A Beginner’s Guide to Topological Materials
The stuff of 2016’s Nobel Prize in Physics could become the logic in future computers and consumer electronics
Ever since a new class of materials called topological insulators was first created—a discovery that helped win the Nobel Prize in Physics in 2016—researchers have been intrigued by the possibilities for electronics applications such as ultralow-energy transistors, cancer-scanning lasers, and free-space communication beyond 5G. Topological insulators’ unusual name stems from their being insulating on the inside and conductive on the outside: On the outer boundaries of a topological insulator, electricity or (in some cases) light flows readily around corners and defects, and with virtually no losses.
Amazingly, topological insulators appear to be only the first of a possible generation of exotic electrical and optical semimetals, superconductors, and other forms of matter. As confusing as these strange and sometimes outlandish compounds might be at the moment, researchers have found that these materials can possess exceptional properties that could be developed into future technologies.
Topology is the branch of mathematics that explores the nature of shapes independent of deformation. For instance, an object shaped like a doughnut can be deformed into the shape of a mug, so that the doughnut’s hole becomes the hole in the cup’s handle. However, the object couldn’t lose the hole without changing into a fundamentally different shape.
Employing insights from topology, researchers developed the first electronic topological insulators in 2007. Electrons zipping along the edges or surfaces of these materials are “topologically protected,” meaning that the patterns in which the electrons flow will stay unchanged in the face of any disturbances they might encounter.
How might topological materials find their way into the electronics and photonics of tomorrow? Below are a few possible routes.
Electronic topological insulators
Scientists in Australia suggest that transistors based on electronic topological insulators could help computers save substantial amounts of energy. “We expect that topological transistors could replace conventional semiconductor transistors and use much less energy for the same size transistor,” says physicist Michael Fuhrer at Monash University, in Melbourne.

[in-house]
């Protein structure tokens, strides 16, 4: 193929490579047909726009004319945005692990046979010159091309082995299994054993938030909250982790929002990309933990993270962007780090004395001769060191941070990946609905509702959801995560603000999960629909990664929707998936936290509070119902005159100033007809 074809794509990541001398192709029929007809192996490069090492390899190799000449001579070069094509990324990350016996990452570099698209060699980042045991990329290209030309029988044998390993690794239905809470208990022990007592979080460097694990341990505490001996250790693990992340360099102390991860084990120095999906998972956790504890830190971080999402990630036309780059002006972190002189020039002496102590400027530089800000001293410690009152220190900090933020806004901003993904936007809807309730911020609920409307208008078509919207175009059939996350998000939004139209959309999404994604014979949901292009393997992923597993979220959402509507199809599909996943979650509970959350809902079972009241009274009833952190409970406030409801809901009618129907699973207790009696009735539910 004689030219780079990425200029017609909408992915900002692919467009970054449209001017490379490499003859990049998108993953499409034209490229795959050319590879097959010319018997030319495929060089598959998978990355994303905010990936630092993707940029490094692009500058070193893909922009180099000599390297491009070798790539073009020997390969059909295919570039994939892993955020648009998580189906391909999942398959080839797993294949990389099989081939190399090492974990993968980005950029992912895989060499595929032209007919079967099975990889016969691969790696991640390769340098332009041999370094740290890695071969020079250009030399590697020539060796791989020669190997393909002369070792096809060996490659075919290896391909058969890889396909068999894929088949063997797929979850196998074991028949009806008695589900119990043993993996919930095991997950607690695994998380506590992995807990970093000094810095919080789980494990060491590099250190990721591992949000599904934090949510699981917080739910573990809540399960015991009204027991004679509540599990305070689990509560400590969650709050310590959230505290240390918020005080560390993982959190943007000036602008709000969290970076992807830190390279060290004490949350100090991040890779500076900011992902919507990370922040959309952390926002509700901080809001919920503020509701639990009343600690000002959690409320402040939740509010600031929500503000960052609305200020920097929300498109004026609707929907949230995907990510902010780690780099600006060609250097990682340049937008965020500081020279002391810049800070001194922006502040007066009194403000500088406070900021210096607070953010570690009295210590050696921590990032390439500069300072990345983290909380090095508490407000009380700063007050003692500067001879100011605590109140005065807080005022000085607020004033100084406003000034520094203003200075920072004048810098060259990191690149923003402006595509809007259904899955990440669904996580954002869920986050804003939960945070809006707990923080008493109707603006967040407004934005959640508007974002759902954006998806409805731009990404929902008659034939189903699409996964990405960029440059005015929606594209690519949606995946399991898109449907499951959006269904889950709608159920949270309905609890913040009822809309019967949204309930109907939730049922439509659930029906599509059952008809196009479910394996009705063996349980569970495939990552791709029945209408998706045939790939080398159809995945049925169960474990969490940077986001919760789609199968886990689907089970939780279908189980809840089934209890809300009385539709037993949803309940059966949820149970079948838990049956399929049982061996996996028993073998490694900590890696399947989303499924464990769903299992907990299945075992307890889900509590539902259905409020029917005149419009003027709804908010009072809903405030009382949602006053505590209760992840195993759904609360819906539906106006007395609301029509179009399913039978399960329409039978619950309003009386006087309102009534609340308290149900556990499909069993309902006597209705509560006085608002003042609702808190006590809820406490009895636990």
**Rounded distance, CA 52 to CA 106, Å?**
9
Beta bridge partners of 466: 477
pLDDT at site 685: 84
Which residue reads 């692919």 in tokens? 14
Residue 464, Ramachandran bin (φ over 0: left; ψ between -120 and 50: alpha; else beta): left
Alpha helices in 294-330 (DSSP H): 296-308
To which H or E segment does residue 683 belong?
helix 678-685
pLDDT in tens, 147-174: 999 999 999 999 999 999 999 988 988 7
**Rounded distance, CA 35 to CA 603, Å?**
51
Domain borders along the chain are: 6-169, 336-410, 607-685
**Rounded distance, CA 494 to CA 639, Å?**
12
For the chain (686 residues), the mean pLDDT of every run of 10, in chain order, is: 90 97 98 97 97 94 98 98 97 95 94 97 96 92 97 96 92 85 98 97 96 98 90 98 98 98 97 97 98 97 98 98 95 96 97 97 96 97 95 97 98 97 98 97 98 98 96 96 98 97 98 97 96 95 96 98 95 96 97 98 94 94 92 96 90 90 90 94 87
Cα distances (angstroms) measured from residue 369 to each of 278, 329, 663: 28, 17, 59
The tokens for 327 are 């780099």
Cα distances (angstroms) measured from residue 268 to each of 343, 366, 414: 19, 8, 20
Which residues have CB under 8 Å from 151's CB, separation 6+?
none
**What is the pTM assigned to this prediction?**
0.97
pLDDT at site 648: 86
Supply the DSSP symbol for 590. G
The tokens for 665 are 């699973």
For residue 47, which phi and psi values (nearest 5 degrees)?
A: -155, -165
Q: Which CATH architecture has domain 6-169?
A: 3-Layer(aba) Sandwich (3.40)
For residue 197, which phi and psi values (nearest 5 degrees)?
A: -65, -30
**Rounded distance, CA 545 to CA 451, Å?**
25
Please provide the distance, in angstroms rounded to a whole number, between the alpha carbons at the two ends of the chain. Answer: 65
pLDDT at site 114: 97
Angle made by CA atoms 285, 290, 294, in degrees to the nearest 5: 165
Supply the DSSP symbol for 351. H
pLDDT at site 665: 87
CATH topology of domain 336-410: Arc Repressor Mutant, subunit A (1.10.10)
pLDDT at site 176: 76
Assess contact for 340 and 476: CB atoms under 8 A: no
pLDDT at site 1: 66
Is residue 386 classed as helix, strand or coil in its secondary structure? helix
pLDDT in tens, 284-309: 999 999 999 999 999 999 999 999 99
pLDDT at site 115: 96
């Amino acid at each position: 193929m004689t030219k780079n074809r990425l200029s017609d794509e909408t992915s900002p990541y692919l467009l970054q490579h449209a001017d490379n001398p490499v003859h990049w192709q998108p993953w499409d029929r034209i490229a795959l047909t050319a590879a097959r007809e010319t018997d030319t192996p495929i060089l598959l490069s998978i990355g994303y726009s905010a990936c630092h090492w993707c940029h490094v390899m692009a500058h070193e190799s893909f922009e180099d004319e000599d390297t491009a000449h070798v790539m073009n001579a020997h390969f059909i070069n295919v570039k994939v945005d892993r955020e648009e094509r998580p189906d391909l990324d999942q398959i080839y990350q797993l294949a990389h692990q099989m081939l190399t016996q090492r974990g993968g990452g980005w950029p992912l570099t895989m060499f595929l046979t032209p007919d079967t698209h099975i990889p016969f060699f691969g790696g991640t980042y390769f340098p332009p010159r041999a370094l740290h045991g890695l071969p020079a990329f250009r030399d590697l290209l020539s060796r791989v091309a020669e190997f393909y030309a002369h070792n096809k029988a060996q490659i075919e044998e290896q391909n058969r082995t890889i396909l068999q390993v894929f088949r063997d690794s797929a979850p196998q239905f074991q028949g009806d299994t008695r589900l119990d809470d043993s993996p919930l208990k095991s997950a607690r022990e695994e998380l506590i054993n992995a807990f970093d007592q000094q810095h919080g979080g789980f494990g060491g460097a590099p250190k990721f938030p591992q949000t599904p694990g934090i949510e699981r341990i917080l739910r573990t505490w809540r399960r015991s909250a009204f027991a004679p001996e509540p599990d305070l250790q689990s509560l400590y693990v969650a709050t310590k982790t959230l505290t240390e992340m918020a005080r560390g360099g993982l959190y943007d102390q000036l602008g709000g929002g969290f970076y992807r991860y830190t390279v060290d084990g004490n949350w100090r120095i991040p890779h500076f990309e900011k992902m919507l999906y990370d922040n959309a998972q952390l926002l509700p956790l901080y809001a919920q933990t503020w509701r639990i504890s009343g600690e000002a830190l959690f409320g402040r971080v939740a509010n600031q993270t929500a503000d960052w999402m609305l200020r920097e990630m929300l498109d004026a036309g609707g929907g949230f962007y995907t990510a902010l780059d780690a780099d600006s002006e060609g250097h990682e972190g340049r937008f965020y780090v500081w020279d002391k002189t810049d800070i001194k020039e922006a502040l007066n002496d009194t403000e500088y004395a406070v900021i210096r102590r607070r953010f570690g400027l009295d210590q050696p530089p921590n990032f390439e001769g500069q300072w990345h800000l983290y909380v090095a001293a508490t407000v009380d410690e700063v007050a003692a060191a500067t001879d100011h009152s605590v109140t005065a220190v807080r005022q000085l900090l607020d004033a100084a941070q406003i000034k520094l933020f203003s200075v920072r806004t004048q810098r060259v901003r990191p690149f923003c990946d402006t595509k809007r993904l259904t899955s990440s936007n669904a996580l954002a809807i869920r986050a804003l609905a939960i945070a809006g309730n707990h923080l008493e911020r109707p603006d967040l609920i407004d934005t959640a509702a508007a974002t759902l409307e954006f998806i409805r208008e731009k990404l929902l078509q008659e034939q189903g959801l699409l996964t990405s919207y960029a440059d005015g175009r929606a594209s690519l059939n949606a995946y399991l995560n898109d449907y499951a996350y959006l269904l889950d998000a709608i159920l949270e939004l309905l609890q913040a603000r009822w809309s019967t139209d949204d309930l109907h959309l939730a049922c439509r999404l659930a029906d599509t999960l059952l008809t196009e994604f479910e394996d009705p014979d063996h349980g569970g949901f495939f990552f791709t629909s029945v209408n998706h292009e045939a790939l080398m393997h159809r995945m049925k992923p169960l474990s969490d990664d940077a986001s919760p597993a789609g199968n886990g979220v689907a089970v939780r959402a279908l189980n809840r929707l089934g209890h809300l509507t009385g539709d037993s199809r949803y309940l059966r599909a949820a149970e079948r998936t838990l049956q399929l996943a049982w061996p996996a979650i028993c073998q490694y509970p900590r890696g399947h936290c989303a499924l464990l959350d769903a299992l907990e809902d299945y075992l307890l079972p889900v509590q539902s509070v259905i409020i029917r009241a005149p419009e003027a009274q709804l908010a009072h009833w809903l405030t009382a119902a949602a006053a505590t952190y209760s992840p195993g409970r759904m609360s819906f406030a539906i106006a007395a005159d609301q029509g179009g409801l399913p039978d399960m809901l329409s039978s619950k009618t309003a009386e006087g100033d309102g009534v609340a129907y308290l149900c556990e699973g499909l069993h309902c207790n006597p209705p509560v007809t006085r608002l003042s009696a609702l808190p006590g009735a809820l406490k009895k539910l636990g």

To represent data as ones and zeroes, electronics switch transistors between one electric state and the other, and this switching requires a minimum amount of voltage. The researchers explored replacing the conventional semiconductors used to make transistors with electronic topological insulators. When these materials behave as they normally do, their conductive edges can function as a transistor’s “on” state. But when an electric field is applied, they stop acting like electronic topological insulators and so no longer possess conductive edges, thus serving as a transistor’s “off” state.
By using the right topological materials, the scientists calculated that topological transistors could consume just half the voltage and one-quarter the energy of standard transistors. “Computing today uses 8 to 10 percent of the world’s electricity, and is doubling every decade,” Fuhrer says. “So we need a new technology to make computer chips more efficient. Topological transistors could do this.”
One possible candidate for topological transistors is bismuthene, a single layer of bismuth atoms arranged in a honeycomb lattice. Researchers have only just begun studying bismuthene in the laboratory, so it hasn’t made it into transistors yet. Other materials have not yet been synthesized. “This work takes a lot of time, and we don’t expect that the transistors we envision will be in your iPhone next year, or perhaps even in this decade,” Fuhrer says. [READ MORE]